November 13, 1998
Ordinarily, my articles cover different topics but the last issue of Aha! provoked so much response – ranging from passionate criticism and disagreement to encouraging praise and appreciation – that I wanted to expand on what I wrote before. I’ve never had an article so widely-forwarded and re-published as Aha! #3. Of course, neither have I published much on the Internet where an idea can be shared with thousands of people overnight without the author’s knowledge. This was my first experience of the wildfire effect that is possible when something is spread through cyberspace, and I found it both exciting and scary at the same time.
I am choosing to expand a bit more on the topic of Spiritual Suicide since there were many readers of the first article who were unfamiliar with my work over the past decade and some elaboration seems appropriate on my part.
I thank the large majority of the readers of Aha! #3 who sent me words of appreciation for the article, who asked for permission to pass it on to others, publish it in their publications, and contributed to its further distribution. I received responses from all over the world, and in a matter of days!
Responding to the Criticism
Due to the tremendous outpouring of response to Aha! #3: Spiritual Suicide: Working in the Soul-Less Enterprise, both praising and criticizing it, I am using one more issue of Aha! to expand upon my intention and meaning. This is primarily for those people who collectively accused me of being angry, thoughtless and idealistic in my writing. No one person labeled me all of these but together the criticisms did overlap.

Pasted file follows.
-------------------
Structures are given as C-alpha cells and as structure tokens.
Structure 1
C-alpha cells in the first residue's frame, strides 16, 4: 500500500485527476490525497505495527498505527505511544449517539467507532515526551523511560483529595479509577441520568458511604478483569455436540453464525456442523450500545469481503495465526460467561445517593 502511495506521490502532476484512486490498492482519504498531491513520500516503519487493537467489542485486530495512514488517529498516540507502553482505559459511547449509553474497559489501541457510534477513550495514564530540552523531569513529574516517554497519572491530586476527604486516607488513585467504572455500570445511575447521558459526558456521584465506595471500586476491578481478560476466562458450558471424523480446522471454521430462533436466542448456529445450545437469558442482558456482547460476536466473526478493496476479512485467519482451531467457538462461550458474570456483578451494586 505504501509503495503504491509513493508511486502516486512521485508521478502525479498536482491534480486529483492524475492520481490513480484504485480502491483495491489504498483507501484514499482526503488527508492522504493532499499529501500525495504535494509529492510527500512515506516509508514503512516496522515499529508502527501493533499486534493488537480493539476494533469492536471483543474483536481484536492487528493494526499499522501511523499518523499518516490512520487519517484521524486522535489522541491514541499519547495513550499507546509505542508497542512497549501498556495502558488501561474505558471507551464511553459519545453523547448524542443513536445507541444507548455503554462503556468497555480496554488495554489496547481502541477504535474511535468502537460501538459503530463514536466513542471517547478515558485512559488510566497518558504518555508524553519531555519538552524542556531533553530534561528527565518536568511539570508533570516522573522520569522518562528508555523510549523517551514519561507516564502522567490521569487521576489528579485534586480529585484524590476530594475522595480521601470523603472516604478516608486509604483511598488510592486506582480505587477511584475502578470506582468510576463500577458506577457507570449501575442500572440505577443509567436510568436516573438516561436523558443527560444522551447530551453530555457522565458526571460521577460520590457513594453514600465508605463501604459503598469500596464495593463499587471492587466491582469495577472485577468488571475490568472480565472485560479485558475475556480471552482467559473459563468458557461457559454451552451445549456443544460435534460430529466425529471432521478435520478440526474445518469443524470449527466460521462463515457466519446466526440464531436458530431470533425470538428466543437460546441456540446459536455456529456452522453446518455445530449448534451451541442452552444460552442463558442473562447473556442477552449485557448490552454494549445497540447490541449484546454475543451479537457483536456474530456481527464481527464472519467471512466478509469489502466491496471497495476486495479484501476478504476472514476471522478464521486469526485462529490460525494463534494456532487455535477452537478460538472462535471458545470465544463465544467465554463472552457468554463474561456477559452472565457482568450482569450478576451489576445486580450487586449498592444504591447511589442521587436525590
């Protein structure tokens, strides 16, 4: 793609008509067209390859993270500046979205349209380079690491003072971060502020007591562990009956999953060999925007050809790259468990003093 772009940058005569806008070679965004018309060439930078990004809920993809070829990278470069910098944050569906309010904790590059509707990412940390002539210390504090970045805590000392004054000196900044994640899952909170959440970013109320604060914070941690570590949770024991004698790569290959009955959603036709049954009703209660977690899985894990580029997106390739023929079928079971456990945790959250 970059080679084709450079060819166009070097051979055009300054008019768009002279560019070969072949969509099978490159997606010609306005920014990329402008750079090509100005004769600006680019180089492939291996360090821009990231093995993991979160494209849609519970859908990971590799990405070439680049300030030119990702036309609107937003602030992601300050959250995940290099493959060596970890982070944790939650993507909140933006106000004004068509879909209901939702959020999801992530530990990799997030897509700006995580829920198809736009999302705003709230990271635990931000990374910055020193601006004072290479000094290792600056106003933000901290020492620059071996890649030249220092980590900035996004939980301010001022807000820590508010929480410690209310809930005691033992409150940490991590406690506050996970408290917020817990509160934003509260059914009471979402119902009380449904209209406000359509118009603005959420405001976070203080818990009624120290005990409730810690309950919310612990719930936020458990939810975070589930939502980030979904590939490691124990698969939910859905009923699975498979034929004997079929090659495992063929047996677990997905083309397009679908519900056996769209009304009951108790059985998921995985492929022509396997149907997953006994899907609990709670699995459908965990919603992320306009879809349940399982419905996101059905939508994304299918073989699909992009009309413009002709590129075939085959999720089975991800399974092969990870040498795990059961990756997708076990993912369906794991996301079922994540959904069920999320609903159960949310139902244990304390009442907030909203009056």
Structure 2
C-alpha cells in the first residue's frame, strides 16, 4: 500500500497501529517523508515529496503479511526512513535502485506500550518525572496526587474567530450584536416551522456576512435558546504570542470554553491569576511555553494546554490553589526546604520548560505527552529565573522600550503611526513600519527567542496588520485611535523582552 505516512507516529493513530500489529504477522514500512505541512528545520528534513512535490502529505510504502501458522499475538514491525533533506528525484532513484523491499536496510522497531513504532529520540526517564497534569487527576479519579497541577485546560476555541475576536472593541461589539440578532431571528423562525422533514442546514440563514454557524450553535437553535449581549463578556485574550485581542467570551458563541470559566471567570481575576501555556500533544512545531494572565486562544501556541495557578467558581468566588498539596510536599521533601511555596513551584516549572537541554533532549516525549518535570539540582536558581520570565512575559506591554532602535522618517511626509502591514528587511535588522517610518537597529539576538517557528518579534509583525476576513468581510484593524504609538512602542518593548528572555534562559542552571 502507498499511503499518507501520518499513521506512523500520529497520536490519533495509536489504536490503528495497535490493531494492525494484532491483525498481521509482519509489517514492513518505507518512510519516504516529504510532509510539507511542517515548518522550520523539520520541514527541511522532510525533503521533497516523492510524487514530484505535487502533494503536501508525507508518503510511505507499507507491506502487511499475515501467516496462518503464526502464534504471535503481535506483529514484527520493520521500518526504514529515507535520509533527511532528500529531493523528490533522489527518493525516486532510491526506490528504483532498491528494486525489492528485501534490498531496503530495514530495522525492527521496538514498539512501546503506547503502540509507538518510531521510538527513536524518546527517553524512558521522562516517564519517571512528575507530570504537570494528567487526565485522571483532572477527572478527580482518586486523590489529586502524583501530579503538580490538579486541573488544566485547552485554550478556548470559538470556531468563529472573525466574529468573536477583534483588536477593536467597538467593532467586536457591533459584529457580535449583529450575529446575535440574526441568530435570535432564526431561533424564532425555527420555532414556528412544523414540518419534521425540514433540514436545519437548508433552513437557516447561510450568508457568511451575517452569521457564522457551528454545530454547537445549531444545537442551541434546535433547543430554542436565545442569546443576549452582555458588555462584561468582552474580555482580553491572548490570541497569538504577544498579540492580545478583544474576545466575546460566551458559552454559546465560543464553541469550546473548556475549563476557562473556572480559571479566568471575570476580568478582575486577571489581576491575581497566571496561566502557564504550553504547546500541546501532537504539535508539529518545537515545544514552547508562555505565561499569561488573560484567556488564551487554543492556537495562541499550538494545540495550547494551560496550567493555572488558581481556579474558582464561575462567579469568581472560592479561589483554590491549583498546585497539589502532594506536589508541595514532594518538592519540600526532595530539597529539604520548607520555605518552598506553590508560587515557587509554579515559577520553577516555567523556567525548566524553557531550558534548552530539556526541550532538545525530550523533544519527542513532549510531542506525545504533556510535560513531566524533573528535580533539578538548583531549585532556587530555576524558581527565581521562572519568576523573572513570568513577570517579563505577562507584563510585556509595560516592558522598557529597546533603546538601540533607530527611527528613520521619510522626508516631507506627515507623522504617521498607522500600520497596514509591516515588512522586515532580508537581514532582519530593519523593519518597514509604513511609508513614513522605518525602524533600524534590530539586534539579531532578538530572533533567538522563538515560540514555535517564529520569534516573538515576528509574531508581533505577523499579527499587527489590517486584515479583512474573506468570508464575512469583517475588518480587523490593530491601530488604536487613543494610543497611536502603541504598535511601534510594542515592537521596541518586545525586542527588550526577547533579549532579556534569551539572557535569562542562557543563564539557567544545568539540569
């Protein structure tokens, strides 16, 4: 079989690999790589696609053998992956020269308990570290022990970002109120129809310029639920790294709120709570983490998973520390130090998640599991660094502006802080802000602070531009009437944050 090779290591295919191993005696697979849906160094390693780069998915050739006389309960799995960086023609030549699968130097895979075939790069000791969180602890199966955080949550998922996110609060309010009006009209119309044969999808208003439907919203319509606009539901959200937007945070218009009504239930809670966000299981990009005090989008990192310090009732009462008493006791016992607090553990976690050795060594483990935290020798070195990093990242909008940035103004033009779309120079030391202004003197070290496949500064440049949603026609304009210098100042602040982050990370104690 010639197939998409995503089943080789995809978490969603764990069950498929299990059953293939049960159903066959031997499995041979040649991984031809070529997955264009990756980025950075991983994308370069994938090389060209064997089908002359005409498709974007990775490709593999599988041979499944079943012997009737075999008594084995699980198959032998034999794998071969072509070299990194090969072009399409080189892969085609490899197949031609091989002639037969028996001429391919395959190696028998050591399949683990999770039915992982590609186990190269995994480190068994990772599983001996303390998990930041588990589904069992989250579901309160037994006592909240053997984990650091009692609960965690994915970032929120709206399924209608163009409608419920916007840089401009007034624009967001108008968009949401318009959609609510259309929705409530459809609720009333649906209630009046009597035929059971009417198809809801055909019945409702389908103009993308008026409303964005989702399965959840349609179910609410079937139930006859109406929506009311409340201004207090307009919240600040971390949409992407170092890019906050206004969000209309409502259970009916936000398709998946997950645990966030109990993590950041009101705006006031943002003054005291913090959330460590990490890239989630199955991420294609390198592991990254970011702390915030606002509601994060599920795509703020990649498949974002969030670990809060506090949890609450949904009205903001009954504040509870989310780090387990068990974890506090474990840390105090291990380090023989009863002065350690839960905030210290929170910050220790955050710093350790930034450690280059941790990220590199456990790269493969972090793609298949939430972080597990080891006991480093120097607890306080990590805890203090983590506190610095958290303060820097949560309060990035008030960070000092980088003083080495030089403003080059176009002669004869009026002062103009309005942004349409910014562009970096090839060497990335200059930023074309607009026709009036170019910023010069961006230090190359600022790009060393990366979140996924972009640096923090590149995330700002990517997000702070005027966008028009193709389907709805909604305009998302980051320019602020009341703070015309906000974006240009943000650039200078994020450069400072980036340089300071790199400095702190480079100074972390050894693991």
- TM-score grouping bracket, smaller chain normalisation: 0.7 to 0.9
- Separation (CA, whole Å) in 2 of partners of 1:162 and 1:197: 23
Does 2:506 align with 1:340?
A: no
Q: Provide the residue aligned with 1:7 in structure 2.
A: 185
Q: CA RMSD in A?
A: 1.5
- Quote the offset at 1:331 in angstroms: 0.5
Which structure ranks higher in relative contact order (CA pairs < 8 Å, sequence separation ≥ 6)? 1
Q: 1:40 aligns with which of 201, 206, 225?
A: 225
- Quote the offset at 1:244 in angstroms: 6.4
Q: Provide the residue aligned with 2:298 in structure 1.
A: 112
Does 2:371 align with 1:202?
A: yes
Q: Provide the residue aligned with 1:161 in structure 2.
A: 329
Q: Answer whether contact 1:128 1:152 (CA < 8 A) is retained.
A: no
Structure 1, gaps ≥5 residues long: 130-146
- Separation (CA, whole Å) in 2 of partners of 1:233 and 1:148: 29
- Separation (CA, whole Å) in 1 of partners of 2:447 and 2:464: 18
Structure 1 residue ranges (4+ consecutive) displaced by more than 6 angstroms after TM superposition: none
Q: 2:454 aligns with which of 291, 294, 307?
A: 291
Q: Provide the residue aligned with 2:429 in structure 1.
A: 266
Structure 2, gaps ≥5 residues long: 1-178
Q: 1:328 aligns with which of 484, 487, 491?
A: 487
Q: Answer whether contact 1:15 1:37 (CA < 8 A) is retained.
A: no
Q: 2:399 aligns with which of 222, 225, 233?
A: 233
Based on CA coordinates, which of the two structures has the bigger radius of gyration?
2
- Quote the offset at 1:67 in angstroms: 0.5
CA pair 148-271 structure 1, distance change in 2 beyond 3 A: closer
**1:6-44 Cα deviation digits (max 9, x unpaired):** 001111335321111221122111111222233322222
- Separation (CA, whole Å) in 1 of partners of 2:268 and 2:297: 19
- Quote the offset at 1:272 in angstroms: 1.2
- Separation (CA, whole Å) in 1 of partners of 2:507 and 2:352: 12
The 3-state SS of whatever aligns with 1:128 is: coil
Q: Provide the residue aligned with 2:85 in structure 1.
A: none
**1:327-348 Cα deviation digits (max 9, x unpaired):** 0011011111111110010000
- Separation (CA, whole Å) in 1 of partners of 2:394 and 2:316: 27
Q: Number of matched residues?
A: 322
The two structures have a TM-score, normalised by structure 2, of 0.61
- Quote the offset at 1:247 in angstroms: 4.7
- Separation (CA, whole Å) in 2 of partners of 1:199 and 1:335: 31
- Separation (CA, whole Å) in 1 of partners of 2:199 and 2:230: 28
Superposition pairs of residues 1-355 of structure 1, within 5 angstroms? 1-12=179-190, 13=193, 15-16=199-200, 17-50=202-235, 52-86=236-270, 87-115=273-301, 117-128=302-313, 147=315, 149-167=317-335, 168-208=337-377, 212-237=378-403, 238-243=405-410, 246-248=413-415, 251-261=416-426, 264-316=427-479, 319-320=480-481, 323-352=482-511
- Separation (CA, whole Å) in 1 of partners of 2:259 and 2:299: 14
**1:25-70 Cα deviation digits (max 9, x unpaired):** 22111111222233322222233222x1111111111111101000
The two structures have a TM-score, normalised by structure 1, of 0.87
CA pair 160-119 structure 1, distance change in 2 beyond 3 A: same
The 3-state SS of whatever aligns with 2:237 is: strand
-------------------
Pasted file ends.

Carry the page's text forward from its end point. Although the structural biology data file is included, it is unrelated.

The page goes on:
Since the late 1980s my work in the arena of consciousness, spirituality and business has provided me with a rare perspective on people who work, their attitudes about business and the human spirit, and the organizations in which they try to function. I’ve worked with hundreds of authors in compiling a dozen business anthologies on several subjects about transforming organizations. I have also interviewed nearly 100 executives for The New Leaders newsletter (1990-1997). These people ranged from CEOs of large multinational companies to middle managers to owners of small entrepreneurial firms.
Throughout all these experiences I have heard a low whining, a chronic complaining, a collective blaming of other faceless people who seemingly perpetuate commerce without a soul. I’m not accusing everyone of this but this victim mentality certainly has included large numbers of people in the workplace. Underneath the grumblings I could see an erosion of one of the major assets of the American individual – personal responsibility for one’s life. After all, there is no “them” to blame since we are all involved. And, if we are all interconnected as spiritual people tend to believe, then blaming anyone is tantamount to blaming ourselves anyway.
For those who claim there is no such thing as “soul-less-ness,” I really do know that everybody has a soul and that every organization has a soul somewhere. I know that there isn’t any such thing as “soul-less-ness” only something blocking the soulfulness from coming through and being seen. Anyone who has any familiarity with my work knows this as well. But some of my critics who saw the article third-hand did not know me and took the title literally. This was an error I can own. I underestimated the vast readership and widespread distribution via the Internet and wrote Aha! #3 in a sort of shorthand for people who were already somewhat familiar with my work.